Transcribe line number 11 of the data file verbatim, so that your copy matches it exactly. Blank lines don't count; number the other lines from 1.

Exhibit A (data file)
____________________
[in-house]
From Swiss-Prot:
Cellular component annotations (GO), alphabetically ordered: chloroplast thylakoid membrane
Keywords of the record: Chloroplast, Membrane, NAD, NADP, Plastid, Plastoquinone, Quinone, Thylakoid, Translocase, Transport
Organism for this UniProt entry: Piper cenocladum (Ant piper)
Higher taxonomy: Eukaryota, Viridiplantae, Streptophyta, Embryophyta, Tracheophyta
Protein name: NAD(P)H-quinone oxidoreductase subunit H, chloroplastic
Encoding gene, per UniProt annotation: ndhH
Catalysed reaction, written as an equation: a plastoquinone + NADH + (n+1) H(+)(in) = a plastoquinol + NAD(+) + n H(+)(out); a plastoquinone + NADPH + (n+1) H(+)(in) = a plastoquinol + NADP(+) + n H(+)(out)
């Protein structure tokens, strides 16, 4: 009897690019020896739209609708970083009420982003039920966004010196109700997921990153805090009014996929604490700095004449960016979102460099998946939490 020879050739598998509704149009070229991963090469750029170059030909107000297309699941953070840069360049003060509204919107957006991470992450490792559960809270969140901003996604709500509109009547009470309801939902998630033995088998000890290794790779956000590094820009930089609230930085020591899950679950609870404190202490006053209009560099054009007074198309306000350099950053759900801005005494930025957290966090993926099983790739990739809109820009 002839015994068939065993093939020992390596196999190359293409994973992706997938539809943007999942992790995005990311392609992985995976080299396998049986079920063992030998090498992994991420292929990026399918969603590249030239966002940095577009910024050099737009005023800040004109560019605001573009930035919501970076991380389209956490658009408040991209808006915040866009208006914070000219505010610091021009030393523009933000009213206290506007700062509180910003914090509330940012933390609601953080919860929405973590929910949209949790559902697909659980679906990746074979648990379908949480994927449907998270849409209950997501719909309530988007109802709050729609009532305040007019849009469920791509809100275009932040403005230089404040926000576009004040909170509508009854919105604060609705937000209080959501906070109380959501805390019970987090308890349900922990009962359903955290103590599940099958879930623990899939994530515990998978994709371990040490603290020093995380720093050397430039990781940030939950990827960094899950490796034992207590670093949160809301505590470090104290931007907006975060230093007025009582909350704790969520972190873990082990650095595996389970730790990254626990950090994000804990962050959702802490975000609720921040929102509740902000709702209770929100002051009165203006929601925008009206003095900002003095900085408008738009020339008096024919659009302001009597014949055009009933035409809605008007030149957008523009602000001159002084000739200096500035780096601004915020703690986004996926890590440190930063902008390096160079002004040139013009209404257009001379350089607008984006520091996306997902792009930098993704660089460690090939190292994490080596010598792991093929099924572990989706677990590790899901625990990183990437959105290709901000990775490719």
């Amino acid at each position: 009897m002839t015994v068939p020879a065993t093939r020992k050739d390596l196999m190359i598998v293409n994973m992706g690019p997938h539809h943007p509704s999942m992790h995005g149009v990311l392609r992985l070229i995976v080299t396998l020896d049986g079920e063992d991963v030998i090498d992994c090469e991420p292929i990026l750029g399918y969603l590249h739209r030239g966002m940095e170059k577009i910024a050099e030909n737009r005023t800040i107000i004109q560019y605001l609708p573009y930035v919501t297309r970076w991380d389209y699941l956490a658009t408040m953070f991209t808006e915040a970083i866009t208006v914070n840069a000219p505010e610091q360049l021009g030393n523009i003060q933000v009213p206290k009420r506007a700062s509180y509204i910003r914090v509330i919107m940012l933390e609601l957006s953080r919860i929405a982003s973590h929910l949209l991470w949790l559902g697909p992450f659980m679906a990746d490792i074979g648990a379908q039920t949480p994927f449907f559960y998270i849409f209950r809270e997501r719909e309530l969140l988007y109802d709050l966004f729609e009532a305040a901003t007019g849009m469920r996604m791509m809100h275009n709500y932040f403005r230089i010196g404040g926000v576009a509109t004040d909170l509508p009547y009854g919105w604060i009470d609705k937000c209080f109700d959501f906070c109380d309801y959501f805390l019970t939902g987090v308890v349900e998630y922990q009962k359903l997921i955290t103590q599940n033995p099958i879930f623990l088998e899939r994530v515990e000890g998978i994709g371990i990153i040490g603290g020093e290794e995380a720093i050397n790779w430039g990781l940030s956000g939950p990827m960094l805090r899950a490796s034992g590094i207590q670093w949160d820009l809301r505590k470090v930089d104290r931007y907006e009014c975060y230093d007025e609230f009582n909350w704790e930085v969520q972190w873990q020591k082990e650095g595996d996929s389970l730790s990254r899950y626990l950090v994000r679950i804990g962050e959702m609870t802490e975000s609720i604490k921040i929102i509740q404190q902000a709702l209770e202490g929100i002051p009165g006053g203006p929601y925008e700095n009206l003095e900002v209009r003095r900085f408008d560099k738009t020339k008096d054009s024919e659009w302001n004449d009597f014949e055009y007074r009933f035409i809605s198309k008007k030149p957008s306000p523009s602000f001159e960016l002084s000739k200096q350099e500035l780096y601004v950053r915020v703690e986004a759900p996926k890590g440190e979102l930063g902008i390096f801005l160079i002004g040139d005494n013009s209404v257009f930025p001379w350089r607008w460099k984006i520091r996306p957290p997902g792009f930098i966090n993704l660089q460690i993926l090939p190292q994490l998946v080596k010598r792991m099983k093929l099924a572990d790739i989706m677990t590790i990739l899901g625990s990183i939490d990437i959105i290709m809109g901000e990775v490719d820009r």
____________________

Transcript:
């Amino acid at each position: 009897m002839t015994v068939p020879a065993t093939r020992k050739d390596l196999m190359i598998v293409n994973m992706g690019p997938h539809h943007p509704s999942m992790h995005g149009v990311l392609r992985l070229i995976v080299t396998l020896d049986g079920e063992d991963v030998i090498d992994c090469e991420p292929i990026l750029g399918y969603l590249h739209r030239g966002m940095e170059k577009i910024a050099e030909n737009r005023t800040i107000i004109q560019y605001l609708p573009y930035v919501t297309r970076w991380d389209y699941l956490a658009t408040m953070f991209t808006e915040a970083i866009t208006v914070n840069a000219p505010e610091q360049l021009g030393n523009i003060q933000v009213p206290k009420r506007a700062s509180y509204i910003r914090v509330i919107m940012l933390e609601l957006s953080r919860i929405a982003s973590h929910l949209l991470w949790l559902g697909p992450f659980m679906a990746d490792i074979g648990a379908q039920t949480p994927f449907f559960y998270i849409f209950r809270e997501r719909e309530l969140l988007y109802d709050l966004f729609e009532a305040a901003t007019g849009m469920r996604m791509m809100h275009n709500y932040f403005r230089i010196g404040g926000v576009a509109t004040d909170l509508p009547y009854g919105w604060i009470d609705k937000c209080f109700d959501f906070c109380d309801y959501f805390l019970t939902g987090v308890v349900e998630y922990q009962k359903l997921i955290t103590q599940n033995p099958i879930f623990l088998e899939r994530v515990e000890g998978i994709g371990i990153i040490g603290g020093e290794e995380a720093i050397n790779w430039g990781l940030s956000g939950p990827m960094l805090r899950a490796s034992g590094i207590q670093w949160d820009l809301r505590k470090v930089d104290r931007y907006e009014c975060y230093d007025e609230f009582n909350w704790e930085v969520q972190w873990q020591k082990e650095g595996d996929s389970l730790s990254r899950y626990l950090v994000r679950i804990g962050e959702m609870t802490e975000s609720i604490k921040i929102i509740q404190q902000a709702l209770e202490g929100i002051p009165g006053g203006p929601y925008e700095n009206l003095e900002v209009r003095r900085f408008d560099k738009t020339k008096d054009s024919e659009w302001n004449d009597f014949e055009y007074r009933f035409i809605s198309k008007k030149p957008s306000p523009s602000f001159e960016l002084s000739k200096q350099e500035l780096y601004v950053r915020v703690e986004a759900p996926k890590g440190e979102l930063g902008i390096f801005l160079i002004g040139d005494n013009s209404v257009f930025p001379w350089r607008w460099k984006i520091r996306p957290p997902g792009f930098i966090n993704l660089q460690i993926l090939p190292q994490l998946v080596k010598r792991m099983k093929l099924a572990d790739i989706m677990t590790i990739l899901g625990s990183i939490d990437i959105i290709m809109g901000e990775v490719d820009r």